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Why You Should Be Enjoying the Summer Sun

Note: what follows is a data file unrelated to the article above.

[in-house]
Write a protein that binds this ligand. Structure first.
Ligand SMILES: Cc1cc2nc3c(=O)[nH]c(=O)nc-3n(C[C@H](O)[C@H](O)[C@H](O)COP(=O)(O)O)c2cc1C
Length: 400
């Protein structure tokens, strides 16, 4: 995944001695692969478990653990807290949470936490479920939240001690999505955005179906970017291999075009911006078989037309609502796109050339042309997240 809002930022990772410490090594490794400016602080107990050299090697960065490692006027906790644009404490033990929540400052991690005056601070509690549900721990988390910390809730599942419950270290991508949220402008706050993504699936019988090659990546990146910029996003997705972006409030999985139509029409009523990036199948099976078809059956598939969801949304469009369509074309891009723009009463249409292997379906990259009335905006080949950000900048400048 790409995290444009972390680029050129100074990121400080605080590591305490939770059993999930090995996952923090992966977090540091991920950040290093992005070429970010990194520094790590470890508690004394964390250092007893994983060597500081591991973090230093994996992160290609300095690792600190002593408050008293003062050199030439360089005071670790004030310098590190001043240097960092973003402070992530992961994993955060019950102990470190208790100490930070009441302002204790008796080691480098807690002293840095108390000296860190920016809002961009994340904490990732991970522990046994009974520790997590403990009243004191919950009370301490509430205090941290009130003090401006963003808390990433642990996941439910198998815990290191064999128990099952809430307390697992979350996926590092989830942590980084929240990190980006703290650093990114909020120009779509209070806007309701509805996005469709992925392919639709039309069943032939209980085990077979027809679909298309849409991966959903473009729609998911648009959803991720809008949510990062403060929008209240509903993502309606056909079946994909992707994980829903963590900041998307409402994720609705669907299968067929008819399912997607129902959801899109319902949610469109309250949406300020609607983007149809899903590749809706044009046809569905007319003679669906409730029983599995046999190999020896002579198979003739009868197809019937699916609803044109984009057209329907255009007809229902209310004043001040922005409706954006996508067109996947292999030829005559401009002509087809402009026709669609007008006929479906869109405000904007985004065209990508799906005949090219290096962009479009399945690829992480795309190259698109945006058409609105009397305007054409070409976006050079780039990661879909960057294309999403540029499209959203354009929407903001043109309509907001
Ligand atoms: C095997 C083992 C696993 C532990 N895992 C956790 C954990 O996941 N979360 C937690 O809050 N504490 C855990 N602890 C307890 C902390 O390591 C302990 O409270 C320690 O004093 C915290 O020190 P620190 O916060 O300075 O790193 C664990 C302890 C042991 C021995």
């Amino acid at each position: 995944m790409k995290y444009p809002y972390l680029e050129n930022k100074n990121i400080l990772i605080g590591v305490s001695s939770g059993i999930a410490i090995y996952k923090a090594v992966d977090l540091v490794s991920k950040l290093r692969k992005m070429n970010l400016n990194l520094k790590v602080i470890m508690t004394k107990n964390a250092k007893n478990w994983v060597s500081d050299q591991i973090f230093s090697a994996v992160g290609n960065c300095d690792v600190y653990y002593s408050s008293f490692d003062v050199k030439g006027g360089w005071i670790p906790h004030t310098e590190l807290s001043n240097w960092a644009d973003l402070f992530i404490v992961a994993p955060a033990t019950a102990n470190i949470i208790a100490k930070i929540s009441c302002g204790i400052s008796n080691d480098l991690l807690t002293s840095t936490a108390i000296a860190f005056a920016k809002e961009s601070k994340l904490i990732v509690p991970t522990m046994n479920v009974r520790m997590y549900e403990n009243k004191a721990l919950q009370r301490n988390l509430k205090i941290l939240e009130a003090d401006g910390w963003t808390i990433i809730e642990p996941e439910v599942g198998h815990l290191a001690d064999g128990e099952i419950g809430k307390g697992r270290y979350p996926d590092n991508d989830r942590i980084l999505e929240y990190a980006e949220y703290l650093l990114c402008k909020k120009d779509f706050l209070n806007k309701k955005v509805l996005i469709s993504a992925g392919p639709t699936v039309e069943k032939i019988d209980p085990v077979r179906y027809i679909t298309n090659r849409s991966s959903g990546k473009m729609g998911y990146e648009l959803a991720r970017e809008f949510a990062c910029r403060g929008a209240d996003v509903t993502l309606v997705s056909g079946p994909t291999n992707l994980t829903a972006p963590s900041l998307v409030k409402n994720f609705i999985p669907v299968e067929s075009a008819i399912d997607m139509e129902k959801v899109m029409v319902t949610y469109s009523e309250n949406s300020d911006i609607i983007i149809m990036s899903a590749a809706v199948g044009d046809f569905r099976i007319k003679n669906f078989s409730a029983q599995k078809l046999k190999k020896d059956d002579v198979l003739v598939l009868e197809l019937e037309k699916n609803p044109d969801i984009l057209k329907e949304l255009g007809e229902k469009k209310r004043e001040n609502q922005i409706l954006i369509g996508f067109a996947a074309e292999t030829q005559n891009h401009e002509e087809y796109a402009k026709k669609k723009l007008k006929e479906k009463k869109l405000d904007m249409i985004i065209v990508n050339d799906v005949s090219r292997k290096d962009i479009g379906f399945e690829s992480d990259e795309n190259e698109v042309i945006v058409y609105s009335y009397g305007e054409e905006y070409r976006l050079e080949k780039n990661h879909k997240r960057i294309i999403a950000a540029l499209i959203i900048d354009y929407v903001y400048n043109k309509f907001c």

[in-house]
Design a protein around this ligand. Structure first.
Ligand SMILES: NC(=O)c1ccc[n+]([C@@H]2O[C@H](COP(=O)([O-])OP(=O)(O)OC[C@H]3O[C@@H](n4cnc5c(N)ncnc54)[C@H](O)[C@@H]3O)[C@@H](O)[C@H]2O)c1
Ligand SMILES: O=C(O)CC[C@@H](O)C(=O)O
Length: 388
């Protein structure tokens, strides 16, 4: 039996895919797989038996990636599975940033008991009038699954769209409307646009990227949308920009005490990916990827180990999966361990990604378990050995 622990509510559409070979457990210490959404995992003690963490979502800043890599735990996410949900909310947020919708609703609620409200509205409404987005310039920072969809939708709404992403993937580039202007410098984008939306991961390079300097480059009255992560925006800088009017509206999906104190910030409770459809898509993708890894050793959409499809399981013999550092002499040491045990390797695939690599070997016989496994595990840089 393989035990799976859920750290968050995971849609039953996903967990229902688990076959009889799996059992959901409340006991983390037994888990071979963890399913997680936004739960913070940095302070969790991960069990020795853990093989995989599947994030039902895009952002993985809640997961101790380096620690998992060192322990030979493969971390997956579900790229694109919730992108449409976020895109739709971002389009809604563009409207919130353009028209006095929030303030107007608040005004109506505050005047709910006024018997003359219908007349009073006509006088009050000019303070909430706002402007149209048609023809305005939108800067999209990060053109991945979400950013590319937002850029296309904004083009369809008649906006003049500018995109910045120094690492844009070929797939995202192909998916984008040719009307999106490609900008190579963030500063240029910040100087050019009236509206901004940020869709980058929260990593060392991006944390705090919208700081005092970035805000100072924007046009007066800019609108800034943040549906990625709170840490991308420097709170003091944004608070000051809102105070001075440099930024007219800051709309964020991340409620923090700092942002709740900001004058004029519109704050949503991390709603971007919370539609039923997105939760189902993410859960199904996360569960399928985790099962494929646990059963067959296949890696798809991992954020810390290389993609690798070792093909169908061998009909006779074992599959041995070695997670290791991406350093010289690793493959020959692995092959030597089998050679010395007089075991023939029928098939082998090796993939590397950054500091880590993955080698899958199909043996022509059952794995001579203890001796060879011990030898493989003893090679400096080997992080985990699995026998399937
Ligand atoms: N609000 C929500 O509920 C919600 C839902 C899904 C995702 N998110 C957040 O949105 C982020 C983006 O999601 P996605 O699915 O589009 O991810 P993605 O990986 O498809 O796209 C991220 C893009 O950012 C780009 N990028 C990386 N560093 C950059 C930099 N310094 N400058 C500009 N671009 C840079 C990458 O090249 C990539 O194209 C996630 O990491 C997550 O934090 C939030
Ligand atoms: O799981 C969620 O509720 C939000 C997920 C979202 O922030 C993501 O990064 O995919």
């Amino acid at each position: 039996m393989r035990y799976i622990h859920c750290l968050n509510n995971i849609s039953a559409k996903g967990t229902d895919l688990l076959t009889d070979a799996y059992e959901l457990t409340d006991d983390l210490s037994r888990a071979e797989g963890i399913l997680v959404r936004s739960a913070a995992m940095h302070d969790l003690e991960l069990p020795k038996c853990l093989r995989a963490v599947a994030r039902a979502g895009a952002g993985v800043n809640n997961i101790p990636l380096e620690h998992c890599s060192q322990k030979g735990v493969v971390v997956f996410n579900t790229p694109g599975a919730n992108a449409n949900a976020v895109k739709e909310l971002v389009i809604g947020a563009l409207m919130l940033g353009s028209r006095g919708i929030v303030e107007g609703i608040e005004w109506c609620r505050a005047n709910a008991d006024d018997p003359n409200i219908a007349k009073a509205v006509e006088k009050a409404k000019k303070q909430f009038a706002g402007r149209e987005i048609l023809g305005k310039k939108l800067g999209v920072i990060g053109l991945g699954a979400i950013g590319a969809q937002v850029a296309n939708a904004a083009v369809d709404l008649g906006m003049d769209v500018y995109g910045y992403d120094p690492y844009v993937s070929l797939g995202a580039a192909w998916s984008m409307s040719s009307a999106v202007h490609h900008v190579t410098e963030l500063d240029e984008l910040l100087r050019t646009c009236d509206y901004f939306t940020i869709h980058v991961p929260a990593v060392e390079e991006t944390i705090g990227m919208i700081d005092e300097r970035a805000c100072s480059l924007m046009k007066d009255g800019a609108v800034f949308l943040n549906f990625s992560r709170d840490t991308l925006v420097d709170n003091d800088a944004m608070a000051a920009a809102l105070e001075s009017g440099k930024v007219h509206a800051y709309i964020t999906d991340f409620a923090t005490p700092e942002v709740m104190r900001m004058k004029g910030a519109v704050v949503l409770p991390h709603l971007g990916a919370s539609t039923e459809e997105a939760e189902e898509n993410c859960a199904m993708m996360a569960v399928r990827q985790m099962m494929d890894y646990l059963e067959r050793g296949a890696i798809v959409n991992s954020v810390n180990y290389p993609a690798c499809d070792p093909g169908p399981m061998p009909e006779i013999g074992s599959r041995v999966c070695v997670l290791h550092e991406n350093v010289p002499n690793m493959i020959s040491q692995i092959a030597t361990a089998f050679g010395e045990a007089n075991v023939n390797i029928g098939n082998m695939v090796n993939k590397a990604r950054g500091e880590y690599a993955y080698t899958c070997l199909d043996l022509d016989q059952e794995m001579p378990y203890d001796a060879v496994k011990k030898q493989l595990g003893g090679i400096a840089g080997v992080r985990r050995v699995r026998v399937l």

This is a freelance article by Helen Angus. Watching the sun rise and set, sitting out on a warm summer’s day, or even waiting to watch the moon pass across its face during an eclipse: the sun is a large part of most people’s lives. However, enjoying the sunshine isn’t an experience that we can all share. The sun and the UV rays that it produces are so powerful that they can harm us, particularly those of us with conditions like TTD, whose bodies aren’t able to protect themselves. The Dark Side of the Sun Sunburn is a clear reminder of just how powerful sunlight can be, but even when we manage to avoid burning, we can still be harmed by exposure to the sun. You might not be able to see it happening, or to feel the effects immediately, as someone with TTD would do, but the sun could be damaging your skin cells and the DNA they contain. One of the effects of this invisible damage does become apparent over time, as some of the effects of ageing are caused by the damage inflicted by the sun. When we develop wrinkles and sunspots, we can blame many years of exposure to the sun, as well as our age. Sometimes, the effects can be more serious. The sunlight that penetrates our skin can damage our DNA. Although a lot of this damage can be repaired by proteins that can recognise and remove the damaged sections, replacing them with new, correct copies, sometimes the damage is permanent. When the wrong section of DNA has been affected, the damage caused by the sun can even develop into skin cancer. Sun Protection Knowing all this, we can make efforts to protect our skin. We can stay in the shade during the hottest days of summer, we can wear protective hats and clothing, slather ourselves in sunscreen, and stop ourselves from burning. Some of us have darker skin that is easier to protect, while others have fairer skin that burns easily, but even the most sensitive skin can be protected very effectively, with a little extra care. However, there are conditions, like TTD, that can make skin so sensitive to the sun that it cannot be protected with these usual methods. If you had been born with photosensitive TTD, or one of the other similar conditions that can produce the same effect, you wouldn’t be able to sunbathe on the beach, to enjoy a picnic in summer, or even to sit out in your own garden on a warm day. You wouldn’t have the repair mechanisms that should be able to help your cells to recover from some of the damage done by the sun. You would burn in just a few minutes if you stepped outside unprotected, and using sunscreen, protective clothing, and other methods to shelter yourself from the sun, would have to be part of your everyday life. Why We Need Sunlight Although the damage that the sun can do can be serious, there are also some good reasons why most of us need to spend some time outside in the sunlight. Spending time in the sunshine can actually help us to stay happier, and the sun can also keep us healthy by enabling our bodies to produce the vitamin D that it needs. The importance of the sun in keeping us healthy, combined with the increasingly indoor lives that many of us are leading, has actually led to many people experiencing the opposite problem to those with TTD. Rather than suffering from the damage caused by too much sunlight, many people are failing to spend enough time outside. Shut up in our homes, our schools, or our offices, away from the sun, we are experiencing rising levels of vitamin D deficiencies. It only takes five or ten minutes of direct exposure to sunlight, a few times a week, for our bodies to be able to make all of the vitamin D we need, but some of us still aren’t managing to get enough sunshine, even though there is nothing to prevent us from doing so. A vitamin D deficiency can have serious consequences, particularly in children who are still growing, so it is somewhat shocking that this problem should be on the rise in countries where we all have access to good food, and all of the time we need to step outdoors on occasion. With a good diet and a little care, even people who are affected by photosensitive TTD or XD can maintain healthy levels of vitamin D, so there is no excuse for the rest of us to neglect our health by staying indoors. We should embrace our freedom to go out and enjoy the sunshine, while remembering those who, for whatever reason, are unable to join us.
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